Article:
• Language: English
  • ISBN-10: 1930865902
  • ISBN-13: 978-1930865907
  • Product Dimensions: 6.3 x 0.7 x 9.3 inches
  • Shipping Weight: 6.4 ounces
  • Average Customer Review: 4.5 out of 5 stars  See all reviews (6 customer reviews)
  • Amazon Best Sellers Rank: #4,415,452 in Books (See Top 100 in Books)

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Top Customer Reviews

By Lloyd Hyman on January 3, 2007
Format: Hardcover
Professor David Hyman has used the seven deadly sins to serve up an easy to read description of the Medicare mess. His satirical approach is both amusing and on target. I think this small volume is required reading for both the layman and the expert. The book supplies a historical perspective, and provides a useful focus on the Medicare problem areas. I think this focus and fact driven perspective is essential, if the nation is to make any progress confounding Mephistopheles.
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Format: Paperback
No ordinary survey, MEDICARE MEETS MEPHISTOPHELES takes the form of allegory, and is written as a memorandum from an underling demon to the devil himself. Devilish details demonstrate Medicare's pitfalls and the foundations that only undermine honesty and encourage greed and profiteering. In using satire as a vehicle for analysis, Hyman provides a biting analysis easy to digest.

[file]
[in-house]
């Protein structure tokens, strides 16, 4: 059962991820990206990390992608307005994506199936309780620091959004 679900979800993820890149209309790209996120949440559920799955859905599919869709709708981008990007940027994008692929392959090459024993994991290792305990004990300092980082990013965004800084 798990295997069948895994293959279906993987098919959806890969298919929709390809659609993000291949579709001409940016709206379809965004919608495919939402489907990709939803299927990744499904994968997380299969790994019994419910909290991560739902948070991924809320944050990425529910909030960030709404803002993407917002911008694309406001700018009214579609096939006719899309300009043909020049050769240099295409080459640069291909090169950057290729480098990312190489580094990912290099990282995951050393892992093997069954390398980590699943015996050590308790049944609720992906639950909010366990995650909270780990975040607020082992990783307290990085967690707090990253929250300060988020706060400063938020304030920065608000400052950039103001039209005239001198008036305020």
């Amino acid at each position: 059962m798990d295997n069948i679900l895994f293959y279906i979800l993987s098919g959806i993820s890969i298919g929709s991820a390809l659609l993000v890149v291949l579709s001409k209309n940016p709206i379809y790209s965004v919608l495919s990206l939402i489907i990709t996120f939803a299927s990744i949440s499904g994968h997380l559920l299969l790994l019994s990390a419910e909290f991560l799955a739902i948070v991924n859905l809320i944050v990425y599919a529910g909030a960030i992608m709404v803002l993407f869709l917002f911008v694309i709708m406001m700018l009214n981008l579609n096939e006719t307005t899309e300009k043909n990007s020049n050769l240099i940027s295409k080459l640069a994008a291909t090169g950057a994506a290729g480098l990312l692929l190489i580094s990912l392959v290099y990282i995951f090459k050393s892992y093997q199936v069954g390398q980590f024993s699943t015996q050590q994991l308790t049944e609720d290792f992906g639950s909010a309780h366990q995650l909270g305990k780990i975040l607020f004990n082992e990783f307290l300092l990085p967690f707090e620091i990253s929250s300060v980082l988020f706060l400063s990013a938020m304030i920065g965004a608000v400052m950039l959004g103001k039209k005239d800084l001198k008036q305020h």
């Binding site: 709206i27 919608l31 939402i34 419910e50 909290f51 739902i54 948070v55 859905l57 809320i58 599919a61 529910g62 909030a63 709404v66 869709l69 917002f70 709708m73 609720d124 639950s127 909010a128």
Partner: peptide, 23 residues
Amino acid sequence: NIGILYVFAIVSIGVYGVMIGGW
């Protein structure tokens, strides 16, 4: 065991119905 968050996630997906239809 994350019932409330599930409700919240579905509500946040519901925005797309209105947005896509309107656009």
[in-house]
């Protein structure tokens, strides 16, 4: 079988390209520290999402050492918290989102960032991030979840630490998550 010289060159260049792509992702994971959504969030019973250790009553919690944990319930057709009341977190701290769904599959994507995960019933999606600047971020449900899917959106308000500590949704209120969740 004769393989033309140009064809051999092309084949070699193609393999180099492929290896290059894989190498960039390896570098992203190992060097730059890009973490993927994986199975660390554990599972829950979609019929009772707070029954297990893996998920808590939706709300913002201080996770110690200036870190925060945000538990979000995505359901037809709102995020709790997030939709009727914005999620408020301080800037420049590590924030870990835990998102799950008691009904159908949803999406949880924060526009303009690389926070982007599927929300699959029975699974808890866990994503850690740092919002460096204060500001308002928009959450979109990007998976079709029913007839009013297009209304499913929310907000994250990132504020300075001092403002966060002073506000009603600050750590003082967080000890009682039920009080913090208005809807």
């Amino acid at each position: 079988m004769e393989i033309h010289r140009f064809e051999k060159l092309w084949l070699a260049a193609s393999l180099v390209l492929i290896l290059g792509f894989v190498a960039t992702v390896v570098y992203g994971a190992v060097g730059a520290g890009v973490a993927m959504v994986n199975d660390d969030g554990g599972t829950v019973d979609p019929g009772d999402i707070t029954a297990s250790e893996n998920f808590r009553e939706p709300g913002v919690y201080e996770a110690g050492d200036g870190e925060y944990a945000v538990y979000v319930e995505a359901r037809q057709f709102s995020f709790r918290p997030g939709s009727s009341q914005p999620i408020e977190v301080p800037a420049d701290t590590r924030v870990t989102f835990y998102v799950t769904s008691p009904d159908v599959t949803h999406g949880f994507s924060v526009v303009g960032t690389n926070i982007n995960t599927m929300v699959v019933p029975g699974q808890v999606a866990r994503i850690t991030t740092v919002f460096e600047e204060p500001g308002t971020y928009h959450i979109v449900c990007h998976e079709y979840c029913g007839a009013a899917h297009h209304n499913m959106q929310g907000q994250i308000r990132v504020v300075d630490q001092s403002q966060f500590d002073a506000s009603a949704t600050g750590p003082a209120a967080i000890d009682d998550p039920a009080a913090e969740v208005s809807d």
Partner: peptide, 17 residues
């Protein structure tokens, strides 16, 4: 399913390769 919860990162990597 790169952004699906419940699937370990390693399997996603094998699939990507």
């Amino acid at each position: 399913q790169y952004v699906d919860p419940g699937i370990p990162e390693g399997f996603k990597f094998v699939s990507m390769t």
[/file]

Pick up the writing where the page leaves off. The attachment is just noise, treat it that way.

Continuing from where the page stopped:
Diane C. Donovan

California Bookwatch
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Format: Hardcover
David Hyman wrote in the Preface to this 2006 book, "Given Medicare's centrality to health care and health policy, it is not surprising that it has attracted considerable attention---including a 2003 conference ... on 'The Future of Medicare, Post-Great Society and Post-Plus Choice: Legal and Policy Issues.' I was invited to speak at the conference... the Cato Institute (where I am an adjunct scholar) read my contribution ... and invited me to turn it into a short book, in the hope that my satirical take on Medicare would be of interest to a larger audience." (Pg. xvii)

He intersperses his serious discussion with an allegory (a la C.S. Lewis's 'Screwtape Letters') in the form of letters from 'Underling Demon 666' to 'Lucifer, Prince of Darkness.'

He notes that "Medicare does not cover long-term nursing care. Overall, Medicare pays for roughly 45 percent of the health care expenditures of its beneficiaries." (Pg. 15) He observes, "Medicare's proponents routinely brag about its low administrative overhead. Of course, the figure is artificially low because Medicare has no marketing expenses, and its uses employers, the Internal Revenue Service, and the Social Security Administration to collect and process its premiums." (Pg. 25)

He asserts that "Medicare is only 'affordable' because of the infusion of hundreds of billions of dollars in subsidies from the rest of the population. There has been no popular uprising in favor of a one-payer system, despite periodic attempts to package it as 'Medicare for all.'" (Pg. 49) Later, he adds, "Everyone knows that Medicare spending is increasing dramatically, in both relative and absolute terms. Demographic projections and the ever-increasing cost of health care ensure that the program's economics are simply unsustainable." (Pg.